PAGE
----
K Favors Products or Reactants

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Amanda Bueno-Kling
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K Favors Products or Reactants

Postby Amanda Bueno-Kling » Sun Jan 10, 2021 9:51 pm

How can we tell if the products or reactants are favored using K? I know a large K value shows that the products are favored, but what qualifies as large or small K values?

Marc Lubman 3B
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Re: K Favors Products or Reactants

Postby Marc Lubman 3B » Sun Jan 10, 2021 9:54 pm

If K is greater than 1, then products are favored, and if K is less than 1, reactants are favored. This is because K=[products]/[reactants], so a value greater than one means the concentration of products is greater than that of reactants. So I guess you could say that a "large" K value is just greater than 1, and a "small" one is less than 1.

Ethan Laureano 3H
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Re: K Favors Products or Reactants

Postby Ethan Laureano 3H » Sun Jan 10, 2021 9:54 pm

Large K values are anything above 10^3 and small K values are anything below 10^-3

Rich Luong 1D
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Re: K Favors Products or Reactants

Postby Rich Luong 1D » Sun Jan 10, 2021 9:55 pm

Typically, what counts as a large k value is >10^3 and what counts as a small k value is <10^-3. However, essentially I use 1 as a sort of threshold for k. Whenever k is lower than 1, the reactants are favored. Whenever k is higher than 1, the products are favored. I hope this helps!

Gabby Magat 3F
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Re: K Favors Products or Reactants

Postby Gabby Magat 3F » Sun Jan 10, 2021 10:00 pm

Rich Luong 1D wrote:Typically, what counts as a large k value is >10^3 and what counts as a small k value is <10^-3. However, essentially I use 1 as a sort of threshold for k. Whenever k is lower than 1, the reactants are favored. Whenever k is higher than 1, the products are favored. I hope this helps!


This is really helpful! I think 10^3 and 10^-3 are commonly used to reference when determining if K is large or small (if P or R is strongly favored). Since K is still a ratio, K = 1 would mean that the concentrations of reactants and products are equal and the forward/reverse rates are the same.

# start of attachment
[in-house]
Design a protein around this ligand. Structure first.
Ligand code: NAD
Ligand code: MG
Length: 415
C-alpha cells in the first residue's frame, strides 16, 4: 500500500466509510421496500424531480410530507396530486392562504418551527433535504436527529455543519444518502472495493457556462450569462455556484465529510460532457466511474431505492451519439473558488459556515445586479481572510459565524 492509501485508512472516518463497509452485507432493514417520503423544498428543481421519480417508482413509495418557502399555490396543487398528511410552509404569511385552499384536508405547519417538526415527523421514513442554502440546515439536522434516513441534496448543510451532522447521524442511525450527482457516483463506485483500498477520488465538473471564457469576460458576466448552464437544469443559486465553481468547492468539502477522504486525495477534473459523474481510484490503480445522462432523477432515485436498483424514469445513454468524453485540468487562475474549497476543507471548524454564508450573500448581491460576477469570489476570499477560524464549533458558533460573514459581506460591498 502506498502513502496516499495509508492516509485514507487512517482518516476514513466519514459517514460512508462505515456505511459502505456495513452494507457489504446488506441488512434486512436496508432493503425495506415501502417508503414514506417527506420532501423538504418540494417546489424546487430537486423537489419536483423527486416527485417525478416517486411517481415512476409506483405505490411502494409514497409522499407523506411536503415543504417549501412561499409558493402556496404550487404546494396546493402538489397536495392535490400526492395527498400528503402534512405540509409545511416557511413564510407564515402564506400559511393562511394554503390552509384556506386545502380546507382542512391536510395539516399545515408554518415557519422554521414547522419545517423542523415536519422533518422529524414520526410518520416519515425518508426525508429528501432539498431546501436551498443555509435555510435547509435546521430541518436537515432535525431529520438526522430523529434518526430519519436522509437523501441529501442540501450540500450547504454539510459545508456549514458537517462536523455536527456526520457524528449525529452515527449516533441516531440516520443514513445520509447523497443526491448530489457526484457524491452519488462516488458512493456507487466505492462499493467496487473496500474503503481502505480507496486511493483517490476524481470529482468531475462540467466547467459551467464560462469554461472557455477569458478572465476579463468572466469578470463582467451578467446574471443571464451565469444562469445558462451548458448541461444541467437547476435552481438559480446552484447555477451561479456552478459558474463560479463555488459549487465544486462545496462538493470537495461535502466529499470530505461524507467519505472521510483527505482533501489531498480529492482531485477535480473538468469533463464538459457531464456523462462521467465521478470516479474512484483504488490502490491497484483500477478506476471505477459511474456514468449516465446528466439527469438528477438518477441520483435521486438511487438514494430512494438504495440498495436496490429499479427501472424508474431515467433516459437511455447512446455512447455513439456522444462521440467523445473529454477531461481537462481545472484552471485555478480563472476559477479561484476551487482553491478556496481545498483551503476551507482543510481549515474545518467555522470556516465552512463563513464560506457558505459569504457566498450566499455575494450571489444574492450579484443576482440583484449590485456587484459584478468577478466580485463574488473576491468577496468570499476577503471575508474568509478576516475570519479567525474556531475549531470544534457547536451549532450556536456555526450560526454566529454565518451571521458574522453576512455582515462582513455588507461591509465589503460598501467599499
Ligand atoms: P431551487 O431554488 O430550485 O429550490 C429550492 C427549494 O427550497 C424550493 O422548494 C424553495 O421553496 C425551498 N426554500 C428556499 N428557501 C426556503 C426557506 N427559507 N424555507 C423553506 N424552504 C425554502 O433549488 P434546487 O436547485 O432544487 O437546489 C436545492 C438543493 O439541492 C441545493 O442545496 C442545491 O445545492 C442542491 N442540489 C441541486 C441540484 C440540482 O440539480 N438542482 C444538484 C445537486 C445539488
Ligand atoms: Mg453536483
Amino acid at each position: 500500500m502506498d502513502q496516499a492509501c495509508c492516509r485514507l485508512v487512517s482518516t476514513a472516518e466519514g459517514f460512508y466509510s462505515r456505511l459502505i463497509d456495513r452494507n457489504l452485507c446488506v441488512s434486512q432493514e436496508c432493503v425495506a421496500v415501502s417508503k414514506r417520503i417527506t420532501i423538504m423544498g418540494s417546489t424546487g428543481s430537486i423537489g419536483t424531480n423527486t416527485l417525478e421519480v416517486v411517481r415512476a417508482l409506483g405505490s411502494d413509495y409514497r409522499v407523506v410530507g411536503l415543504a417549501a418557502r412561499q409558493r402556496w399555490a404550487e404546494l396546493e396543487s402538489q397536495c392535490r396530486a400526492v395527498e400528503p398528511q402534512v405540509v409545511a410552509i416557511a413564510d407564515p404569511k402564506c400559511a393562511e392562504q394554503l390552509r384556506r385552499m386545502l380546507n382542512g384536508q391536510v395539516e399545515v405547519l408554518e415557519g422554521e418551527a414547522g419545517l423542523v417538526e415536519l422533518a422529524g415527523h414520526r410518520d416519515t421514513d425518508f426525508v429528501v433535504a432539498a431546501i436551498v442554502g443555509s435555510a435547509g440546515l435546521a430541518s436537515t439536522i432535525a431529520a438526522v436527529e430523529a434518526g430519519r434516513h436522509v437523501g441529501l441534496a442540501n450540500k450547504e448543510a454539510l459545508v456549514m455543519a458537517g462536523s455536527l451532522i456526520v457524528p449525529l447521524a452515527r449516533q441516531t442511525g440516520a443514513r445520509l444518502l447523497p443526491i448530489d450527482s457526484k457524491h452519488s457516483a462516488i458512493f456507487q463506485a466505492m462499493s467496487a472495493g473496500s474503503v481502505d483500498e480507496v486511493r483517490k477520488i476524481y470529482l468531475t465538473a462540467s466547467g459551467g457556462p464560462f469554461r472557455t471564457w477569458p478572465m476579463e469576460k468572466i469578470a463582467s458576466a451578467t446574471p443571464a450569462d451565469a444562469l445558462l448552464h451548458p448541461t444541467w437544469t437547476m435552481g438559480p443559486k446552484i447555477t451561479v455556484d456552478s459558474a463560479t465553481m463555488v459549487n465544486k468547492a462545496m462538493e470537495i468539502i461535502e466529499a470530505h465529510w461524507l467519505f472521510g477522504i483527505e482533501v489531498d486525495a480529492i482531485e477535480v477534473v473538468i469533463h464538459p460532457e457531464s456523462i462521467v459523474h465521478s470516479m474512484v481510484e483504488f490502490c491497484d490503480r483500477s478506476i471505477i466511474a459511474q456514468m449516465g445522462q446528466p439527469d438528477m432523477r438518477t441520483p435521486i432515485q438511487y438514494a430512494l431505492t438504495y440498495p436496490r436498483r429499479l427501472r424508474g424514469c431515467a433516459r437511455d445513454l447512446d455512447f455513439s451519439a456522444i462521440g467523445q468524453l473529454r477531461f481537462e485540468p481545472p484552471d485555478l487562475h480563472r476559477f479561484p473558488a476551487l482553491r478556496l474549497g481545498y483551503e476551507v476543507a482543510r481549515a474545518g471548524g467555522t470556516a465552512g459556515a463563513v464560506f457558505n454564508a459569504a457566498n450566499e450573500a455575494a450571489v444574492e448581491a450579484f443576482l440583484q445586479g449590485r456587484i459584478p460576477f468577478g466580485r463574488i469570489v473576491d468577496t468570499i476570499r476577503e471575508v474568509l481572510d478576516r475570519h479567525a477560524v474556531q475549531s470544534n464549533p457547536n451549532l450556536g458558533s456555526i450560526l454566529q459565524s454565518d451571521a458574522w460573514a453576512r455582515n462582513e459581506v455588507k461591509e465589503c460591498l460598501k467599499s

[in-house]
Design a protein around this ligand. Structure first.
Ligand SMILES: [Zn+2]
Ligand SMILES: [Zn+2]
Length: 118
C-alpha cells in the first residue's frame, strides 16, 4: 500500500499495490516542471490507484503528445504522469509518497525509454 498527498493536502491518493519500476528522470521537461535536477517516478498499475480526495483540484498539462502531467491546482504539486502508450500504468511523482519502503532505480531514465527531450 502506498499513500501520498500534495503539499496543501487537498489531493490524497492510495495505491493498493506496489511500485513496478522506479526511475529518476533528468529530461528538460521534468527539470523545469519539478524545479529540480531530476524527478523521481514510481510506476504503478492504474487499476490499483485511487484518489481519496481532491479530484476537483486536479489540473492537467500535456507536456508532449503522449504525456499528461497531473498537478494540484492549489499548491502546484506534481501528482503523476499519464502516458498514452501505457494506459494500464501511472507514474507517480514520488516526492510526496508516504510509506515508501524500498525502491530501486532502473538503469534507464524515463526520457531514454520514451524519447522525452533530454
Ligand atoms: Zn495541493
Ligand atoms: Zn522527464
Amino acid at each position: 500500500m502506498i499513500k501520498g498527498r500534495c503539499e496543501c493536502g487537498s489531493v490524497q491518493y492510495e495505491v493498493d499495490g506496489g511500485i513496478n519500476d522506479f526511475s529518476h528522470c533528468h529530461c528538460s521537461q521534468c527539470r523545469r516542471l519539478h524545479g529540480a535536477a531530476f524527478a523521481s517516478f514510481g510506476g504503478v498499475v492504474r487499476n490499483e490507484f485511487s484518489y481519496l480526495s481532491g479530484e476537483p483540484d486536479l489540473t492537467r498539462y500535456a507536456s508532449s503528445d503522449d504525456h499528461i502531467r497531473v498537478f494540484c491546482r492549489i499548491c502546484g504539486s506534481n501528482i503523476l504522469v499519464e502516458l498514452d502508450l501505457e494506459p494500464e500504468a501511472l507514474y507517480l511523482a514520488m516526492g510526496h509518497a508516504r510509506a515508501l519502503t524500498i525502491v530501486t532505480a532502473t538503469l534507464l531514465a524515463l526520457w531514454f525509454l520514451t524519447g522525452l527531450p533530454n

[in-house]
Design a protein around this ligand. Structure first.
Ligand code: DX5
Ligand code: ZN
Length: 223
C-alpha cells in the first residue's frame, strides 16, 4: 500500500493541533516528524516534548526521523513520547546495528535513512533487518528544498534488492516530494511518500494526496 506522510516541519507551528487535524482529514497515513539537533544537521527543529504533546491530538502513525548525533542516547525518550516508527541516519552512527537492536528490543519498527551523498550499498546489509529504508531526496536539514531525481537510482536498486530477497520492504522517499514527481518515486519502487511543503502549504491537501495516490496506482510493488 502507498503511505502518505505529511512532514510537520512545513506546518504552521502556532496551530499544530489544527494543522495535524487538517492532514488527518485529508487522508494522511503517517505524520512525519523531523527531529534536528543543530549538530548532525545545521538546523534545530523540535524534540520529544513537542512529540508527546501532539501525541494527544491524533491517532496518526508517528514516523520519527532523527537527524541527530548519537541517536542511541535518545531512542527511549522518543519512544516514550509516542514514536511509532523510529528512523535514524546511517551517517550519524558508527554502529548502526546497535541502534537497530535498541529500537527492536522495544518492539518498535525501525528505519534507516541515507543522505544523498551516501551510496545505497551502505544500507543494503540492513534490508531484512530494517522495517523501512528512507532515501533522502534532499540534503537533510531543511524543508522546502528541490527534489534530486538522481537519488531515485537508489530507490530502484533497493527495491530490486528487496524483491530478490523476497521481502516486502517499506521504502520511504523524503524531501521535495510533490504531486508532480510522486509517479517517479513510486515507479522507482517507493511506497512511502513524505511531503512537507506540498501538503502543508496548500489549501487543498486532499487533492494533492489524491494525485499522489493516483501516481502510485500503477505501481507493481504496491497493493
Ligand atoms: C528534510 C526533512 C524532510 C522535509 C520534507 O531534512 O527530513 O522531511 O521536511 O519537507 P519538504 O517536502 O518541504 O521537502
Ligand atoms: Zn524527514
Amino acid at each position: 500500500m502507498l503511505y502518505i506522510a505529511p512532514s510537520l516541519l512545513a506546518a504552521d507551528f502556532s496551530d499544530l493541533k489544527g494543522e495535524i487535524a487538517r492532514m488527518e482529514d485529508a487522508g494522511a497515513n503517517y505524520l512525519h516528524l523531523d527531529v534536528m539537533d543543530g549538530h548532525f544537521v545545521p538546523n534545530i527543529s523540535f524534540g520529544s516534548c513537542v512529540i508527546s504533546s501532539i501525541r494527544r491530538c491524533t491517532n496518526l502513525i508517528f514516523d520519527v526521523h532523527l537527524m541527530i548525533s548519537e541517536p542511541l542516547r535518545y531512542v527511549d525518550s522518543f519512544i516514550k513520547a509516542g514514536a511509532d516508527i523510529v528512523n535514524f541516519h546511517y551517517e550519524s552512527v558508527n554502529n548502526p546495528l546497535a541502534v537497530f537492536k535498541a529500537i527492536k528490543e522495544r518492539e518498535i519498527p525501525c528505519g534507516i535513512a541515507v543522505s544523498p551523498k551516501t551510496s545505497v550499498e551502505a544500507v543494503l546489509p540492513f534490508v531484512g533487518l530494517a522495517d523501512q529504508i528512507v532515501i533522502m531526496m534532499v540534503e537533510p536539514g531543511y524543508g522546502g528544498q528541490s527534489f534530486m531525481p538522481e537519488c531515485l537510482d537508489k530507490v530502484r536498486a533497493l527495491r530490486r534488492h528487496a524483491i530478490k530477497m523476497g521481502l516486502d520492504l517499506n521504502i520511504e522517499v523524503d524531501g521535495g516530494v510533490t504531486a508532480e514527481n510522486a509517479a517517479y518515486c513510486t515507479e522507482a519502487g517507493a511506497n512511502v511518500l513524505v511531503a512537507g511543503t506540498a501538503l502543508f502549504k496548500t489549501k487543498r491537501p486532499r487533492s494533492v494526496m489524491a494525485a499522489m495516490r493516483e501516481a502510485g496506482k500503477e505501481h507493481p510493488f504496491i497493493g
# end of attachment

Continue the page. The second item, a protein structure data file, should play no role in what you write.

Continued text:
Nick Saeedi 1I
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Re: K Favors Products or Reactants

Postby Nick Saeedi 1I » Sun Jan 10, 2021 10:02 pm

Large is greater than 10^3 and small is less than 10^-3

Amanda Bueno-Kling
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Re: K Favors Products or Reactants

Postby Amanda Bueno-Kling » Sun Jan 10, 2021 10:04 pm

Gabby Magat 3F wrote:
Rich Luong 1D wrote:Typically, what counts as a large k value is >10^3 and what counts as a small k value is <10^-3. However, essentially I use 1 as a sort of threshold for k. Whenever k is lower than 1, the reactants are favored. Whenever k is higher than 1, the products are favored. I hope this helps!


This is really helpful! I think 10^3 and 10^-3 are commonly used to reference when determining if K is large or small (if P or R is strongly favored). Since K is still a ratio, K = 1 would mean that the concentrations of reactants and products are equal and the forward/reverse rates are the same.


Thank you all for explaining! So if K=1, does that mean that the reaction is in equilibrium and the concentrations of the products and reactants are not changing? So K being less than one or greater than one means one side is favored, but K being equal to one means neither side is favored?

Mansi Solanki 3A
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Re: K Favors Products or Reactants

Postby Mansi Solanki 3A » Sun Jan 10, 2021 10:10 pm

During lecture, I think that Dr. Lavelle said that for this course any K value that is less than 10^-3 will be considered small while any K value that is greater than 10^3 will be considered large. These values are meant to show whether one side is actually significantly more favored than the other.

DominicMalilay 1F
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Re: K Favors Products or Reactants

Postby DominicMalilay 1F » Sun Jan 10, 2021 10:17 pm

The large k value is usually for 10^3 while small k value is 10^-3!

Marc Lubman 3B
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Re: K Favors Products or Reactants

Postby Marc Lubman 3B » Sun Jan 10, 2021 10:29 pm

Amanda Bueno-Kling 2L wrote:
Gabby Magat 3F wrote:
Rich Luong 1D wrote:Typically, what counts as a large k value is >10^3 and what counts as a small k value is <10^-3. However, essentially I use 1 as a sort of threshold for k. Whenever k is lower than 1, the reactants are favored. Whenever k is higher than 1, the products are favored. I hope this helps!